Kosanovic said "officials did their due diligence to find the best format to engage students and were impressed with enVision Math’s technological components. The district’s previous program assisted grades K-4, but discussions with teachers yielded a need at the middle school level and the latest curriculum update expanded to include up to eighth grade." “Due to the vast technology resources and the alignment to the math standards that exist within the enVision Math series, the team decided to recommend it for district adoption,” she added, saying officials agreed to a three-year contract. “The K-8 students were very fortunate to return this fall to a brand-new math series that includes up-to-date embedded technology resources. These resources help with the planning needed for the various learning modes that currently exist for in-seat, hybrid or online [learning]. Our one-to-one iPad program for third grade to high school will allow students access to the online math resources, assessments, extra practice, video tutorials which are all aligned to grade-level math standards.”
She said "students can access materials and assignments from anywhere, so if schools resort to hybrid or remote learning everyone will be able to work on their devices. Meanwhile, the curriculum ties into the technology and augments learning for students whether they are in school or at home, plus it all helps the district keep up with the times." Kosanovic added that overall it allowed the district to be in a much more proactive, forward-thinking mindset. Clark interjected that Bridgeport prioritizes technology as a key educational resource that is valuable to student learning.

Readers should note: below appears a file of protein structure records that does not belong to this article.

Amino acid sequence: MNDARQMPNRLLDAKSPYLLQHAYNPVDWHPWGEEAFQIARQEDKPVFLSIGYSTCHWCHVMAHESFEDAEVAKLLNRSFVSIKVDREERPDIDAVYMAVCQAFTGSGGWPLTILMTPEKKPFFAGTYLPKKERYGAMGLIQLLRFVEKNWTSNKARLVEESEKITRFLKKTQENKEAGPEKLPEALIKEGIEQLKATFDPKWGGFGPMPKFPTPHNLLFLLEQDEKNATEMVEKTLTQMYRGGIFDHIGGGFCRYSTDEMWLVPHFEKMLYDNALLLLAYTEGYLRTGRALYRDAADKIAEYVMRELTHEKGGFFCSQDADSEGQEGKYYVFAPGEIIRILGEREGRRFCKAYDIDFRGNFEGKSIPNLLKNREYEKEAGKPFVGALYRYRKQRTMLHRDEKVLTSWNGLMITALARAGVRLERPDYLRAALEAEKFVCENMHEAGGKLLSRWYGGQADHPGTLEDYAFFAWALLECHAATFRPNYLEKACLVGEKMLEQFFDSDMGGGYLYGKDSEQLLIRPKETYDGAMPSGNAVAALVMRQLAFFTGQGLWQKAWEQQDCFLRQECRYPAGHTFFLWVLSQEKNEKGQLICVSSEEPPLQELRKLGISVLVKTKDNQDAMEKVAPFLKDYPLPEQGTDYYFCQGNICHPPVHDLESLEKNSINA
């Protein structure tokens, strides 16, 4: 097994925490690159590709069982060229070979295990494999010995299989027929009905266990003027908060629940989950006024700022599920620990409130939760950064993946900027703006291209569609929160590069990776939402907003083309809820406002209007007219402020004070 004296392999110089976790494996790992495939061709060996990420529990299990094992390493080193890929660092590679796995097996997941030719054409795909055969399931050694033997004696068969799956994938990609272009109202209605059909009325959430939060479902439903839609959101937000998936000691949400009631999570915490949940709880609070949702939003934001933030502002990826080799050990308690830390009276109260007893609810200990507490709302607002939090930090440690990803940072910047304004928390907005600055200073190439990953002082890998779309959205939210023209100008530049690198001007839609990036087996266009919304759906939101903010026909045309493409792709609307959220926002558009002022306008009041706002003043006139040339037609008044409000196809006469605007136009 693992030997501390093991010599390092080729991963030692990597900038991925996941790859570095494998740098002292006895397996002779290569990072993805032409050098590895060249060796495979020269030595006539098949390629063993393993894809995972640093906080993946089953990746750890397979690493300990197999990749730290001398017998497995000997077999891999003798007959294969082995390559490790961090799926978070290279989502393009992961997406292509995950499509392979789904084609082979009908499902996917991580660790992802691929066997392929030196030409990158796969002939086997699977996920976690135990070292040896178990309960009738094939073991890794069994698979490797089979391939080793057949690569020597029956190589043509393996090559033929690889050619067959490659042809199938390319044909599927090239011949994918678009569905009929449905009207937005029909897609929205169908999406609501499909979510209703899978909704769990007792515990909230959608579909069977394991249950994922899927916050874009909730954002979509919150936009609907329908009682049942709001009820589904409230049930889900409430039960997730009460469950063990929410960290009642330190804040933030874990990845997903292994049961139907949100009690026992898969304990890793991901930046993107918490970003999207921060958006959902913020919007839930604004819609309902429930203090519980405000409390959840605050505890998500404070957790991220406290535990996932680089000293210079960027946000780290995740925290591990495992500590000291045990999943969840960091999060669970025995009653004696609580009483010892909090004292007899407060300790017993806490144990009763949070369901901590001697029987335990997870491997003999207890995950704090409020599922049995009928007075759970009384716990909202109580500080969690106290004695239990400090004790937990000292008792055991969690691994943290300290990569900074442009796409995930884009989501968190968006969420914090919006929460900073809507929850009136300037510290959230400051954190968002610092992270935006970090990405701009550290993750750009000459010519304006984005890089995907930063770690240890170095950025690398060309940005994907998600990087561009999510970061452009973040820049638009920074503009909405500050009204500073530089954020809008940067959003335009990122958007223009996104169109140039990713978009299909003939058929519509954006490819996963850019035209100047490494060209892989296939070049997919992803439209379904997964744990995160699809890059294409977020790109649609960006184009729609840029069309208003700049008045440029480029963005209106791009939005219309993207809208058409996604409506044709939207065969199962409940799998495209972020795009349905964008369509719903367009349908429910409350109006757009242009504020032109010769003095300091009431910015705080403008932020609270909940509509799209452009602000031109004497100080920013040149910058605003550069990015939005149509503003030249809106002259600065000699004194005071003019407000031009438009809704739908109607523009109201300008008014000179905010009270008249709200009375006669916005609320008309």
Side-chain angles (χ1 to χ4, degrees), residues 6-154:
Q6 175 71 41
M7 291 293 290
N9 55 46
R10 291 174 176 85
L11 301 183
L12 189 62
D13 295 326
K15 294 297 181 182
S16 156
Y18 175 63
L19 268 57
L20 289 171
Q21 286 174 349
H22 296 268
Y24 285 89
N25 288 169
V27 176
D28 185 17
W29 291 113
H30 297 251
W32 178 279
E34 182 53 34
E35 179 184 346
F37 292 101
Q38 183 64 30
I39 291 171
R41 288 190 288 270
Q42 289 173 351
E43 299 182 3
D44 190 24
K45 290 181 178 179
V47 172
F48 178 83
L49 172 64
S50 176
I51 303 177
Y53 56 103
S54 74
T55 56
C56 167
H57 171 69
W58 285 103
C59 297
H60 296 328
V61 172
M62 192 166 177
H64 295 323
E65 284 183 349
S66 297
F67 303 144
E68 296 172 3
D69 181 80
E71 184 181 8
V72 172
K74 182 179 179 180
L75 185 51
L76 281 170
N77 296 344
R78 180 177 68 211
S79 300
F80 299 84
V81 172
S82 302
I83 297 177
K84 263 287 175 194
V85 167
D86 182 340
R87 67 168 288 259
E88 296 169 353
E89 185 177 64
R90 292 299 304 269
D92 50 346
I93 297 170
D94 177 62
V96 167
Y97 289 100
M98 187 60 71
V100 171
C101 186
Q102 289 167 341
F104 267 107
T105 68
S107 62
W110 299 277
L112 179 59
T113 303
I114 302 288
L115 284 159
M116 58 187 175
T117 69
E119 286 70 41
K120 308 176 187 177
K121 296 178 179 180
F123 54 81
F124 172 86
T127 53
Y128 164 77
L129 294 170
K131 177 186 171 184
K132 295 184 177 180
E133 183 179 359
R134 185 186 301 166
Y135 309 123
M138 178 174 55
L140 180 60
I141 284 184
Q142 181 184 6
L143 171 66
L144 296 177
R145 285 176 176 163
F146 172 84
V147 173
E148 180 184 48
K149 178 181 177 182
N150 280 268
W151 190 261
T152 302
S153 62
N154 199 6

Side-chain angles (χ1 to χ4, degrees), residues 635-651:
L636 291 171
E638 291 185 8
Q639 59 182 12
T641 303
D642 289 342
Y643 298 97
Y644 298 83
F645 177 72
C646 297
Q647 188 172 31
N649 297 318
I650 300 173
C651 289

Superintendent Brent Ripley concurred, saying officials always strive to give students the best education possible. “Every three years, we can sell back old devices and the cost saves the district money. We received $67,000 and it helped lower the cost of the iPads. We expanded the devices to the third and fourth grades,” he explained. “In case we go remote, almost 100 more kids have devices at home and grades K-2 can utilize them in class. With the math curriculum, teachers have resources kids can use at home that line up with the iPads if we go remote. It worked out for us perfectly. Our hope is as we flip our instruction where lessons are taught for homework and homework is brought into the classroom, it allows us to take what we learned last year and use that to make it more effective for our students moving forward.”